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General Information


Forsyth Technical Community College is one of 58 institutions operating in the North Carolina Community College System, a statewide organization of public, two-year and post-secondary educational institutions. The statutes of the state of North Carolina provide for the organization and administration of a community college system under the direction of the state board of community colleges. This 20-member board has full authority to adopt all policies, regulations and standards it deems necessary for the operation of the system. The governor and the General Assembly appoint members of the state board. The state board has three major functions: equitable distribution of funds and fiscal accountability, establishing and maintaining state priorities, and educational program approval and accountability.
Forsyth Technical Community College is governed by a 13-member board of trustees - four appointed by the governor of North Carolina, four appointed by the Winston-Salem/Forsyth County Board of Education and four appointed by the Forsyth County Board of Commissioners. The Student Government Association president serves as a nonvoting member. Trustees are appointed to four-year terms and set local policy for the College.


Forsyth Technical Community College is accredited by the Southern Association of Colleges and Schools Commission on Colleges to award associate degrees, diplomas and certificates. Contact the Commission on Colleges at 1866 Southern Lane, Decatur, Georgia 30033-4097 or call 404-679-4500 for questions about the accreditation of Forsyth Technical Community College. 
The College is a member in good standing of the American Association of Community Colleges.

Specialized Program Accrediting and Approval Agencies

  • Commission on Accreditation of Allied Health Education Programs (CAAHEP), 1361 Park Street, Clearwater, FL 33756, 727.210.2350,
  • Joint Review Committee on Educational Programs in Diagnostic Medical Sonography (JRCEDMS), 2025 Woodlane Drive, St. Paul, MN 55125-2998, 651.731.1582,
    On the new chart, Medical Sonography is accredited by CAAHEP and JRCEDMS isn’t listed.
  • Joint Review Committee on Educational Programs in Nuclear Medicine Technology (JRCNMT), 2000 West Danforth Road, Suite 130 #203, Edmond, OK 73003, 405.285.0546,
  • Joint Review Committee on Education in Radiologic Technology (JRCERT), 20 North Wacker Drive, Suite 2850, Chicago, IL 60606-3182, 312.704.5300,
  • National Association for the Education of Young Children (NAEYC), Early Childhood Associate Degree Accreditation, 1313 L Street, NW, Suite 500, Washington, DC 20005-4101, 800.424.2460,
  • National Automotive Technicians Education Foundation (NATEF), 101 Blue Seal Drive, Suite 101, Leesburg, VA 20175, 703.669.6650,
  • North Carolina Board of Nursing (NCBON), P. O. Box 2129, Raleigh, NC 27602, 919.782.3211,
  • The Electronics Engineering Technology and Computer Engineering Technology programs are accredited by the Engineering Technology Accreditation Commission of
  • North Carolina Board of Massage and Bodywork Therapy (NCBMBT), P. O. Box 2539, Raleigh, NC 27602, 919.546.0050,
  • American Society of Health-Systems Pharmacist (ASHP), 7272 Wisconsin Avenue, Bethesda, MD 20814, 1-866-279-0681
  • The Forsyth Technical Community College Medical Assisting Program is accredited by the Commission on Accreditation of Allied Health Education Programs (CAAHEP), on recommendation of the Curriculum Review Board of the American Association of Medical Assistants Endowment (AAMAE). Commission on Accreditation of Allied Health Education Programs, 20 North Wacker Drive, Suite 1575, Chicago, IL 60606, 312.899.1500,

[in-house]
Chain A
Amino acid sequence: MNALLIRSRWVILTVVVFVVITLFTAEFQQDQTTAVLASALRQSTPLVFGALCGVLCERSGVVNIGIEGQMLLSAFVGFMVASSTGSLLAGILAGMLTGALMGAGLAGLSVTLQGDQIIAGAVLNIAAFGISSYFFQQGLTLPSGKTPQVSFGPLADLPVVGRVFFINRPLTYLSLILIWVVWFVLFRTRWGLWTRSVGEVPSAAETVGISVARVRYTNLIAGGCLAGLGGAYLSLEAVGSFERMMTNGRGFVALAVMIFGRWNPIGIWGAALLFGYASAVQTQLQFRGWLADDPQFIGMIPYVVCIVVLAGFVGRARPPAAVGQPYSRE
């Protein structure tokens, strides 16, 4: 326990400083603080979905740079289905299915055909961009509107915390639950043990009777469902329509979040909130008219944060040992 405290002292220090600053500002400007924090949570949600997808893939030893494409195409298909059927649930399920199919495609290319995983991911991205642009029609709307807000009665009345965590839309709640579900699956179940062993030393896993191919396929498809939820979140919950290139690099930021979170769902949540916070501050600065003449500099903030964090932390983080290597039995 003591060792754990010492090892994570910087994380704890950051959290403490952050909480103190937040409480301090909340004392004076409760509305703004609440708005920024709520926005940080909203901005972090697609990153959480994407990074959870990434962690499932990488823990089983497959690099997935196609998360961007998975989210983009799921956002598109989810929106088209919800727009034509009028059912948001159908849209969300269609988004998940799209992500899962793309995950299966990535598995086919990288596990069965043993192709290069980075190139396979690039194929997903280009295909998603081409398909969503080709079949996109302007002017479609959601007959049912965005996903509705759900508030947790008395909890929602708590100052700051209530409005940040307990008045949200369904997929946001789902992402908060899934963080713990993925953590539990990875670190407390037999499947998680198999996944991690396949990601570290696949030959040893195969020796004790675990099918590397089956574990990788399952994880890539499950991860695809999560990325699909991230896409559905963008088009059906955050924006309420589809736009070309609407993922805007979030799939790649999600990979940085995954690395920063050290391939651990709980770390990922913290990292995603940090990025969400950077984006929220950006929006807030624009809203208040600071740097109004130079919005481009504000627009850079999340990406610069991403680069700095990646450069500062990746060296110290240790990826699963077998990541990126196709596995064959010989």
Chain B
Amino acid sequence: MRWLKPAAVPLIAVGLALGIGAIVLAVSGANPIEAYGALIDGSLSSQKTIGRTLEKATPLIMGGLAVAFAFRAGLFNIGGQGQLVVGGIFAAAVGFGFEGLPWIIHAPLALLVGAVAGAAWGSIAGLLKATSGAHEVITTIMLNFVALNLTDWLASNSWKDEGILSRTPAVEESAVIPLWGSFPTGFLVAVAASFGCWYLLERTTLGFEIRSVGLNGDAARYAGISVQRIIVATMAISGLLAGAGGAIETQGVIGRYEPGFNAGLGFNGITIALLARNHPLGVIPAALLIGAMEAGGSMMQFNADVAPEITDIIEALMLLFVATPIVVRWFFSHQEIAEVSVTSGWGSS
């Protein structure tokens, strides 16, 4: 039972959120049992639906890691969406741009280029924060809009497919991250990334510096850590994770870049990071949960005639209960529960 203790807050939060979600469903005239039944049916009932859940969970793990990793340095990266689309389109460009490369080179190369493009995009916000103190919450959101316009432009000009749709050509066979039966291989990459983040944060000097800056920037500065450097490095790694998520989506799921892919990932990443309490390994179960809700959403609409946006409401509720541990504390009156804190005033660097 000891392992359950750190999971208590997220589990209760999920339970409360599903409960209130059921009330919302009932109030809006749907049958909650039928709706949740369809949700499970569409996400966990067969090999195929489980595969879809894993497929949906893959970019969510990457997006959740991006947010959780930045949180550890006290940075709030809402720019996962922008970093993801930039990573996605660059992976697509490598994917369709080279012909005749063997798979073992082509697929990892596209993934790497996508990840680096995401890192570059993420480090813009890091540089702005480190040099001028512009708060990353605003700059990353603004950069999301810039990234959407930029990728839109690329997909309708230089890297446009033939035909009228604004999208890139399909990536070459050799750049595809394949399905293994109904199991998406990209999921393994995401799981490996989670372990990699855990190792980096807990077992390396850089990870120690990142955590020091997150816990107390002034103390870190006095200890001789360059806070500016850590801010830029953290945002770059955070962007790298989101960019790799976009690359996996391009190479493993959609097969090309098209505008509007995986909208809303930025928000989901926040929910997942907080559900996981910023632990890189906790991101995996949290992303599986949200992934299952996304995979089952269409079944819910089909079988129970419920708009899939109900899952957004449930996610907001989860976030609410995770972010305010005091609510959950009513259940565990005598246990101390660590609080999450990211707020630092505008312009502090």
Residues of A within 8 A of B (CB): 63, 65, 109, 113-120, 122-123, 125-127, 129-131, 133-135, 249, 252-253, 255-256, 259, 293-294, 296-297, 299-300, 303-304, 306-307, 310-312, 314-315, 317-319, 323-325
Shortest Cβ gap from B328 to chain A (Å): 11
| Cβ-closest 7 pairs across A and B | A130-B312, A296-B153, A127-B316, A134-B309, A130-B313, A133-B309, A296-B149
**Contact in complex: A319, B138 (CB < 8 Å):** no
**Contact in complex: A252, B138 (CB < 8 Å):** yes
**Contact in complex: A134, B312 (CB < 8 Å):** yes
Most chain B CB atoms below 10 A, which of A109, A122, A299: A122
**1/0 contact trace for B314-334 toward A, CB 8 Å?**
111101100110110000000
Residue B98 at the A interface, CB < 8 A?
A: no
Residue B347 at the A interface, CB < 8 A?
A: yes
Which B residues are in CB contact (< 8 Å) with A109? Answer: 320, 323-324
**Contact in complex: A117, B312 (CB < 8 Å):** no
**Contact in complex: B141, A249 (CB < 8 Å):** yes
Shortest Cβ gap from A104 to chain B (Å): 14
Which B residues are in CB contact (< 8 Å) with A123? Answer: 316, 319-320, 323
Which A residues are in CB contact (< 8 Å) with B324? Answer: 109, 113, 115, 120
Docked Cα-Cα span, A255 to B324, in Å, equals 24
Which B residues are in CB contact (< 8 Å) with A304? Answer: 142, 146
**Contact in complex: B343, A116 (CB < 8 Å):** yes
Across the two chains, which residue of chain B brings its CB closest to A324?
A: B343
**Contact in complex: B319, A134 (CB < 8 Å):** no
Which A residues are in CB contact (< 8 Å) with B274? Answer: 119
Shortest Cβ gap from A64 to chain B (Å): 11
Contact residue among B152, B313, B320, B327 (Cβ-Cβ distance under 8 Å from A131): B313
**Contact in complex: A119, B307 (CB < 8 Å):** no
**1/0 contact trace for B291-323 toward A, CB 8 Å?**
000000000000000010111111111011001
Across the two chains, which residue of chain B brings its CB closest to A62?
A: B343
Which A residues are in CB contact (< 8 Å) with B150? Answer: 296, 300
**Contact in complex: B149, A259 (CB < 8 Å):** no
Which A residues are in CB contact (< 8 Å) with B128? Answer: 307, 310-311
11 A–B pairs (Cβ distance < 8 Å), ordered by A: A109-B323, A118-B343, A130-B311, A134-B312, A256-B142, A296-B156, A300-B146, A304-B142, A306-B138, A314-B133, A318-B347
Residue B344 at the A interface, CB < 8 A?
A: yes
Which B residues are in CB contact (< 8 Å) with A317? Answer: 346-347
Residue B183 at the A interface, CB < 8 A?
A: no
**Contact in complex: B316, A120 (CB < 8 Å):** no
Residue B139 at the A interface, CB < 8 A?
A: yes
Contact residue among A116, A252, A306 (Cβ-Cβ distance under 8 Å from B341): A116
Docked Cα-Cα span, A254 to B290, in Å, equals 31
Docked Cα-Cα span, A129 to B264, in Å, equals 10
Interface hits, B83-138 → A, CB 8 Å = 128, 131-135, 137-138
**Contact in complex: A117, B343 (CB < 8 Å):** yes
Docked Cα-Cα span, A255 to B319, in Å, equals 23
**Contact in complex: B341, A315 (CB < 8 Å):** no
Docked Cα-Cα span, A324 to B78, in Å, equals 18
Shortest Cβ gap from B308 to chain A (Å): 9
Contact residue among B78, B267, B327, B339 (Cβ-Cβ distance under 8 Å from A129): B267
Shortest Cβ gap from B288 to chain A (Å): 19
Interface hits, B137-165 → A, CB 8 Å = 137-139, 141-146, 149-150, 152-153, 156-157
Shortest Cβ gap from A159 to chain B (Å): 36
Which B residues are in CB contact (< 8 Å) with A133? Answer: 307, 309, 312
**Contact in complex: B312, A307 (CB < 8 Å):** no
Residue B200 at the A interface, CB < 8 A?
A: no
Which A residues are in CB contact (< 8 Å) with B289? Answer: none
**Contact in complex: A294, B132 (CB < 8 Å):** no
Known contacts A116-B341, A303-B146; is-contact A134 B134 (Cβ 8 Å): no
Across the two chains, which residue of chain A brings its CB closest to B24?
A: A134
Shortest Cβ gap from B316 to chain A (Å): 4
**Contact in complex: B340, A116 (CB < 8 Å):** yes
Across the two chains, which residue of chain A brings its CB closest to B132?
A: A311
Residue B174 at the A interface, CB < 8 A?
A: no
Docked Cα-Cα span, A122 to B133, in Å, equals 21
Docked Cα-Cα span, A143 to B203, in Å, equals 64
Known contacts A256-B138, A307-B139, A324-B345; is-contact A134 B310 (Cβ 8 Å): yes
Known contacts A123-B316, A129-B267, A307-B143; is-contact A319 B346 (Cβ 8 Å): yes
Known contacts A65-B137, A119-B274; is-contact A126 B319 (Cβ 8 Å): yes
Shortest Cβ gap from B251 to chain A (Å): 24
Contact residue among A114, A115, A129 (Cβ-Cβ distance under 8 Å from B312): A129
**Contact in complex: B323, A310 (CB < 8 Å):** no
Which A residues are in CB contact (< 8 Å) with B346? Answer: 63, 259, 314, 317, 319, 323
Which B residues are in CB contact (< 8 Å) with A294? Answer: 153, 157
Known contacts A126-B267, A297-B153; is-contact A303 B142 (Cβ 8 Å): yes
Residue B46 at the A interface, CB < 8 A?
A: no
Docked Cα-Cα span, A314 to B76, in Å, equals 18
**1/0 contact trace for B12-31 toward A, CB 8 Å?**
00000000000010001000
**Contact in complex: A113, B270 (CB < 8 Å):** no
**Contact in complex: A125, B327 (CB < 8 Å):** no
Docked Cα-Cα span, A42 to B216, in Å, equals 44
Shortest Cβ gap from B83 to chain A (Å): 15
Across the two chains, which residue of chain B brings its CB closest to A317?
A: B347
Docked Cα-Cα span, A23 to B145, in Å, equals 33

• The Respiratory Therapy program is accredited by the Commission on Accreditation for Respiratory Care (CoARC), 1248 Harwood Road, Bedford, TX 76021-4244,  817.283.2835,
  • American Dental Association Commission on Dental Accreditation
  • Criminal Justice Education and Training Standards Commission
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For 51 years, Forsyth Technical Community College ideals have remained the same: to provide quality education and training for the citizens of North Carolina. Forsyth Tech’s first classes began in the fall of 1960. Automotive mechanics, machine shop, electronics and practical nursing were among the first course offerings at the new Winston-Salem/Forsyth County Industrial Education Center, Forsyth Tech’s first name.

1963 witnessed the establishment of the North Carolina Department of Community Colleges and with that, the Winston-Salem/Forsyth County Industrial Education Center passed to the new community college system. In 1964 came a new name, Forsyth Technical Institute and commitment to the community grew steadily with the addition of the General Adult Enrichment Courses in 1964-65. Adult Basic Education began at the Institute in the summer of 1965.

The 1970s brought more change and expansion for Forsyth Technical Institute. The allied health program was created in the fall and winter of 1971-72, offering courses in three areas: nuclear medicine, radiological technology and respiratory therapy. The criminal justice program was added in 1971. And in the fall of 1972, a two-year nursing degree program was added. In 1974, the College Foundation was created to work with alumni to raise funds for buildings, programs and scholarships.

In the 1980s, expansion led to the acquisition of the Dalton Junior High School site, which became the Institute’s West Campus site in Winston-Salem, and ground was broken for a technology building, Hauser Hall, on the main campus site.

1985 saw the first of two more name changes for Forsyth Technical Institute, with the name changing to Forsyth Technical College, and then, in 1987, to its current name, Forsyth Technical Community College or Forsyth Tech as it’s frequently referred to. In 1989, the College Transfer Program began, which allowed the College to serve an even wider portion of the community.